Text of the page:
In a secular society such as the Danish, it is perhaps not obvious that a school will be able to support the spiritual development of the students. However, hearing about the many discussions of moral and existential questions that the students have had among themselves (only occasionally initiated by a teacher), it is obvious that there is a great potential for spiritual development. The trust that is created between the students allow them to open up and be receptive for spiritual values and to search for a meaning that goes beyond the answers provided by crass materialism. And of course these many discussions of ethical and philosophical issues also help develop the morality, character, or identity of the young people.
”It is not in the mere material qualities that life in the back bush makes a man
a man, but rather in the spiritual development when he finds himself an atom
communing daily, face to face and heart to heart with Nature.”
Baden-Powell, Headquarters' Gazette, 1915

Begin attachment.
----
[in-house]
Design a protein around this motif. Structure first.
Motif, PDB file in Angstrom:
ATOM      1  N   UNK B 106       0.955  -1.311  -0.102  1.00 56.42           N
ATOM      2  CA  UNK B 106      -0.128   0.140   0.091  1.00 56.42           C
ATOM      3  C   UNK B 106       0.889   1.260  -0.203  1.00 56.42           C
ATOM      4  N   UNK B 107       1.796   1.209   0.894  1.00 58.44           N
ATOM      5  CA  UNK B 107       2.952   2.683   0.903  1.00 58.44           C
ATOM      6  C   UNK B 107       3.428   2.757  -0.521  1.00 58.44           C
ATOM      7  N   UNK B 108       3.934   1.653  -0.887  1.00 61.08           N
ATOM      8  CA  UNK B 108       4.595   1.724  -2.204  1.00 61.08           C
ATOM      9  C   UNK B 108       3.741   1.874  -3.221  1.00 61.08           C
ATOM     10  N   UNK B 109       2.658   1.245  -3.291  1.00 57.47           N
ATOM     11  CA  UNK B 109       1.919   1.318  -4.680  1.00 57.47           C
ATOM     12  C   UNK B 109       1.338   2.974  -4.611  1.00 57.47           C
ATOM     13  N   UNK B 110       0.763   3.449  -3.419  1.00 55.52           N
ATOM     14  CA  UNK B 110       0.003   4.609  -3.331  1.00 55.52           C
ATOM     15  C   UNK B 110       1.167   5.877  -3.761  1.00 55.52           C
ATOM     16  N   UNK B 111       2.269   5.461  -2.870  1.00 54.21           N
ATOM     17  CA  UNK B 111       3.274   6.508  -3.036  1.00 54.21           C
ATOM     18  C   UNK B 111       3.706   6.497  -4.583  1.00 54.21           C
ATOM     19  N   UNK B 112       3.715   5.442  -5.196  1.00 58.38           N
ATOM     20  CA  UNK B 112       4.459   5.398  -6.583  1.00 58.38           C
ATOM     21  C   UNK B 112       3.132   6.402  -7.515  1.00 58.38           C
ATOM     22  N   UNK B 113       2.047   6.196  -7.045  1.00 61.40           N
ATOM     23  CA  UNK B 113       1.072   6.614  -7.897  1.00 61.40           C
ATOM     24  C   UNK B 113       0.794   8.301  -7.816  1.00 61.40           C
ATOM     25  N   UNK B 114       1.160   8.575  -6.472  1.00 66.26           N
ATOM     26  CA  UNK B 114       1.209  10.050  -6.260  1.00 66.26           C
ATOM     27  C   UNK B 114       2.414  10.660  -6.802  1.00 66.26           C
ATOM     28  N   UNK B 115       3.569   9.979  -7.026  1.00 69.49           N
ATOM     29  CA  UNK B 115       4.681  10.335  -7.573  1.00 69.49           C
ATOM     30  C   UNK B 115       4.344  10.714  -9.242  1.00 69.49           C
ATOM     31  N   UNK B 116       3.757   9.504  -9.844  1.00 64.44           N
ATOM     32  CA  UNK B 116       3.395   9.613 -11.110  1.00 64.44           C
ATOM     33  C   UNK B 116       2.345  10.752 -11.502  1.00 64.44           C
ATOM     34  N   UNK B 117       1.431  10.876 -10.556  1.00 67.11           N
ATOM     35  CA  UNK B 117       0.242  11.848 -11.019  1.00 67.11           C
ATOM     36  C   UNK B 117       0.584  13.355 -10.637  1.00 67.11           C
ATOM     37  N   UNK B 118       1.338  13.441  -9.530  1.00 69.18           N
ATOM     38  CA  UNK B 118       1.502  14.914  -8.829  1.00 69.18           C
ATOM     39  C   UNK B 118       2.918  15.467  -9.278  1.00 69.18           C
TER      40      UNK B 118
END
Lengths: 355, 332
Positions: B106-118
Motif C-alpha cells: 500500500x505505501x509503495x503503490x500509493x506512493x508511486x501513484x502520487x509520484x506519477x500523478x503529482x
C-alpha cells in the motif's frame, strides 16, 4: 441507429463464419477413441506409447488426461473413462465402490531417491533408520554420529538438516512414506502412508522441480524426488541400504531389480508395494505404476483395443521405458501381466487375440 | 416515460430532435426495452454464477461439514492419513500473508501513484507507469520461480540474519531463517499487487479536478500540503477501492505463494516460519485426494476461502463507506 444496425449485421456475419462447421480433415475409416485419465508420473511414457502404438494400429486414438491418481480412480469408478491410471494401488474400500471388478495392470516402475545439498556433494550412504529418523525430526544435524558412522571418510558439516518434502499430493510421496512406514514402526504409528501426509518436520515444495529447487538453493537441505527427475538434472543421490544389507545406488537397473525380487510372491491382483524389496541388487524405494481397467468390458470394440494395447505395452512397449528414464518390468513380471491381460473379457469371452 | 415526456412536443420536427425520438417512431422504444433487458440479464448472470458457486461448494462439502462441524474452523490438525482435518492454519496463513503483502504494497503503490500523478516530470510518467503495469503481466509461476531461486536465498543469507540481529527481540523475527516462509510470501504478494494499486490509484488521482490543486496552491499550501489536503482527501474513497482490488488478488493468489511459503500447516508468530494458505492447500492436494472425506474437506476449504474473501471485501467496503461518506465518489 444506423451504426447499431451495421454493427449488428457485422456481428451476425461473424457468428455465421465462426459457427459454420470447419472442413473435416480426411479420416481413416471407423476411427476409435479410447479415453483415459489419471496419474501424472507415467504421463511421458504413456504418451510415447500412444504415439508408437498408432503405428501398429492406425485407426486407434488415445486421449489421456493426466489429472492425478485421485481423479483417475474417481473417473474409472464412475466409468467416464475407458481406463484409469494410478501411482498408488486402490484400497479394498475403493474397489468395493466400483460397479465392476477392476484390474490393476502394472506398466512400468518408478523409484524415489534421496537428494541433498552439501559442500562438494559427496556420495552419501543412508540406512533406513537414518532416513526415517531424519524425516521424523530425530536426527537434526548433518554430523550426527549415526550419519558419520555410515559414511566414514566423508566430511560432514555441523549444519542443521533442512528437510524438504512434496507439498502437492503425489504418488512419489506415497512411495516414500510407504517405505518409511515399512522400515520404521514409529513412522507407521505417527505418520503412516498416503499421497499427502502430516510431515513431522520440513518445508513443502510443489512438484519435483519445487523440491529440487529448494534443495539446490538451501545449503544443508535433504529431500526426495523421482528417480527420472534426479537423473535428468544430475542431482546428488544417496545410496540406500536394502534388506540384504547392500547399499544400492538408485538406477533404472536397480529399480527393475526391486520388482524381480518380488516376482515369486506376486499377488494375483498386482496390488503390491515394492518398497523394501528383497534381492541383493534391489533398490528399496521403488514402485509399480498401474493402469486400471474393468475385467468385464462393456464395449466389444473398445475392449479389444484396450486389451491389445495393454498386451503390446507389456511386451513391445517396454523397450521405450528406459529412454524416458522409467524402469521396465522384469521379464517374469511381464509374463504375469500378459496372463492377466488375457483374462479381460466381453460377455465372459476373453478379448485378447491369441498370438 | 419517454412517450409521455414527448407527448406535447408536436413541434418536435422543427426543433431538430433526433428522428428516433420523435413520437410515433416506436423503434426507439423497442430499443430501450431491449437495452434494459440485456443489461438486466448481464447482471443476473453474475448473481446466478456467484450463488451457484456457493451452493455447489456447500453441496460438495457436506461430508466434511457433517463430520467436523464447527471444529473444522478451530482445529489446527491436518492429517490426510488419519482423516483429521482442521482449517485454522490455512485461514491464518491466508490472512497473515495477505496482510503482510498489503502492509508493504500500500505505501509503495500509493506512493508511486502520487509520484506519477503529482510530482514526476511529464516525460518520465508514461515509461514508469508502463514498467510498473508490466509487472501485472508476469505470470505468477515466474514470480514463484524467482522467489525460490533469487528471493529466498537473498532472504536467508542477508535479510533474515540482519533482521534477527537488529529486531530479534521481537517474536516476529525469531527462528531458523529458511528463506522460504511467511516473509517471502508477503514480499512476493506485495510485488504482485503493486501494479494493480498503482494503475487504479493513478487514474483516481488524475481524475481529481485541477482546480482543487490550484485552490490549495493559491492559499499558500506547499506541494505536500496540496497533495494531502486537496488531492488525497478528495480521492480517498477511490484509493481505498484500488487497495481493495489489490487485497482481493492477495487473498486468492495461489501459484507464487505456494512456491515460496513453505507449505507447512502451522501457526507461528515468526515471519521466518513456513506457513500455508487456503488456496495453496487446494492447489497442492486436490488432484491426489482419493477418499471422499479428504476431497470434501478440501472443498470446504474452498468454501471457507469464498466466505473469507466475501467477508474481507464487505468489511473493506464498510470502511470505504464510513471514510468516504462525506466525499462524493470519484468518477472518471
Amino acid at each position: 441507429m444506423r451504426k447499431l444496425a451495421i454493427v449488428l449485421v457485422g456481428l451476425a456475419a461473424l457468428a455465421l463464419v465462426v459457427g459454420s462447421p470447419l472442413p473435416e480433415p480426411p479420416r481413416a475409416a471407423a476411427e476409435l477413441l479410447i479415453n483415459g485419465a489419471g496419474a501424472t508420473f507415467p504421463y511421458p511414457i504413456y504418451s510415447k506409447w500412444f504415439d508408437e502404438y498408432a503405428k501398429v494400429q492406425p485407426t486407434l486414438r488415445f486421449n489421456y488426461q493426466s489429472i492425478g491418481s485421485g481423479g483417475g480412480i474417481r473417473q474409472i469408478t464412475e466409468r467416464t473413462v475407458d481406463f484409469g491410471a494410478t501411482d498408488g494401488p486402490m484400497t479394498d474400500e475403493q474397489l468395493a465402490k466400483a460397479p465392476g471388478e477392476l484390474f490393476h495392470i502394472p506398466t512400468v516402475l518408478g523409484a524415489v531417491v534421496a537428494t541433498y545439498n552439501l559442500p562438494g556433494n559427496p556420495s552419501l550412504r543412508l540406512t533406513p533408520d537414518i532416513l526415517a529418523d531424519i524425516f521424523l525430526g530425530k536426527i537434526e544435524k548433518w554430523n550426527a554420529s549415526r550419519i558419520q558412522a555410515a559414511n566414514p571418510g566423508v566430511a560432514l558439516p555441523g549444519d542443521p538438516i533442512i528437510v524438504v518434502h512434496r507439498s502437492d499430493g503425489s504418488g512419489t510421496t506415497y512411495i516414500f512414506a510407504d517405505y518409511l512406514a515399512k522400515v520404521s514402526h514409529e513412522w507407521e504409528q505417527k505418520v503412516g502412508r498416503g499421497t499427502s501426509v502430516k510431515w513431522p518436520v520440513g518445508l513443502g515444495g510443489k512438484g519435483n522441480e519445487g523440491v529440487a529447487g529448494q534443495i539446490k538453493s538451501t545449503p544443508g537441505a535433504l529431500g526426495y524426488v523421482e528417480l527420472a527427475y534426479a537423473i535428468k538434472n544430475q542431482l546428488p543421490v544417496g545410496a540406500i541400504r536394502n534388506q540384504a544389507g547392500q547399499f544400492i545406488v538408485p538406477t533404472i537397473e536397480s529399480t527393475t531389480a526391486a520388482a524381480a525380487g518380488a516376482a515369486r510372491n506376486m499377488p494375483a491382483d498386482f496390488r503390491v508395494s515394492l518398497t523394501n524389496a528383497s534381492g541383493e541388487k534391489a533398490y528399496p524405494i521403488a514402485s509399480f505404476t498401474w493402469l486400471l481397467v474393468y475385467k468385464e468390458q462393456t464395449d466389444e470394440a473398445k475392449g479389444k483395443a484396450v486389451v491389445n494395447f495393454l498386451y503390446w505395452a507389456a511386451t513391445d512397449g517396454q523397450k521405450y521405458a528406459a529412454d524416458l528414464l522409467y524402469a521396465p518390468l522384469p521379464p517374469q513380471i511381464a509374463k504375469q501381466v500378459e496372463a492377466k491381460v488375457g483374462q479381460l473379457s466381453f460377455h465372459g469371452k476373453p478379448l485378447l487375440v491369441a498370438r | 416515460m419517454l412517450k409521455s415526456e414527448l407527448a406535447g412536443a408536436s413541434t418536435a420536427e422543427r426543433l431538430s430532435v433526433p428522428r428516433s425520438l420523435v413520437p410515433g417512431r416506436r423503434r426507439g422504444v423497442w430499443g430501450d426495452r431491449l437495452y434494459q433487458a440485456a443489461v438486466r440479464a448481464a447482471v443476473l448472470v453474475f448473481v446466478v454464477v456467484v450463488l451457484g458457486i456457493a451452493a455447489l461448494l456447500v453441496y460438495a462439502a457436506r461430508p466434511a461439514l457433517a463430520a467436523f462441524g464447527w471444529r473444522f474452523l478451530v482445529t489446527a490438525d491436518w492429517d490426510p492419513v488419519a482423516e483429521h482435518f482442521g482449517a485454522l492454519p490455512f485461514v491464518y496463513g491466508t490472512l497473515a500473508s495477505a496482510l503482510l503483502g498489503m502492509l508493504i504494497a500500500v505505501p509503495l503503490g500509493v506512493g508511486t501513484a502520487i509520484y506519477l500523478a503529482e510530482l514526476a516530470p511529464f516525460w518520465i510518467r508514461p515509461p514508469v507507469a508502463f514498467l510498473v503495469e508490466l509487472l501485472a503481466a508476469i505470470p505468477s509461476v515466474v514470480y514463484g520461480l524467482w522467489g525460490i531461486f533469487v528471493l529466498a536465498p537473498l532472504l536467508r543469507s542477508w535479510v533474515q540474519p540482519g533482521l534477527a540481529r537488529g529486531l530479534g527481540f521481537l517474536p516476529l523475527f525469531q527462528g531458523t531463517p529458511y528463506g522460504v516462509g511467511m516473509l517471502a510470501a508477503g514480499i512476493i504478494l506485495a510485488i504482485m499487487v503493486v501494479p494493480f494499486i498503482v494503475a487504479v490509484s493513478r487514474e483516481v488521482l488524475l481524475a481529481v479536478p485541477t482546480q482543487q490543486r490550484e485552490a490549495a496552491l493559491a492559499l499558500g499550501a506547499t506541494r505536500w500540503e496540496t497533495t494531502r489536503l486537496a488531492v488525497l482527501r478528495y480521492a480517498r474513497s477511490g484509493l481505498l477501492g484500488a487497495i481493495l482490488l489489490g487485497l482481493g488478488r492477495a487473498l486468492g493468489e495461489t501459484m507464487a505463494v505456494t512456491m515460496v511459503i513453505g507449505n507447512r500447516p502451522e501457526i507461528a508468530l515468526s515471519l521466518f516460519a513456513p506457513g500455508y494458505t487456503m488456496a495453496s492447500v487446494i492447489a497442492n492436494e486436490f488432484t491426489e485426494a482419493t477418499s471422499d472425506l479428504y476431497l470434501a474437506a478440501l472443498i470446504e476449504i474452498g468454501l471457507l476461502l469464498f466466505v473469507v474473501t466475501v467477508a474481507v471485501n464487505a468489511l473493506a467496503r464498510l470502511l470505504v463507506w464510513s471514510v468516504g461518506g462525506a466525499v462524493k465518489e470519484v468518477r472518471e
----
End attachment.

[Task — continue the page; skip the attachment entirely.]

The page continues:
Schools are all meant to develop their students intellectually, but one of the things that many schools fail to do is to develop that side of the young people's intellectual capacity that is spanned by such terms as creativity, innovation, and entrepreneurship. Certainly the ordinary Danish school system is being criticized for not doing enough to develop these sides of their students' intellectual abilities. However, the special problem-posing approach of Scouting combined with the learning-by-doing-and-reflection that we practice seems to foster these qualities in the young people, and this has been very visible at the school, with the wealth of student-initiated and student-driven project; as Kasper describes it for Brejning Efterskole, so also for Korinth Efterskole – Spejderskolen.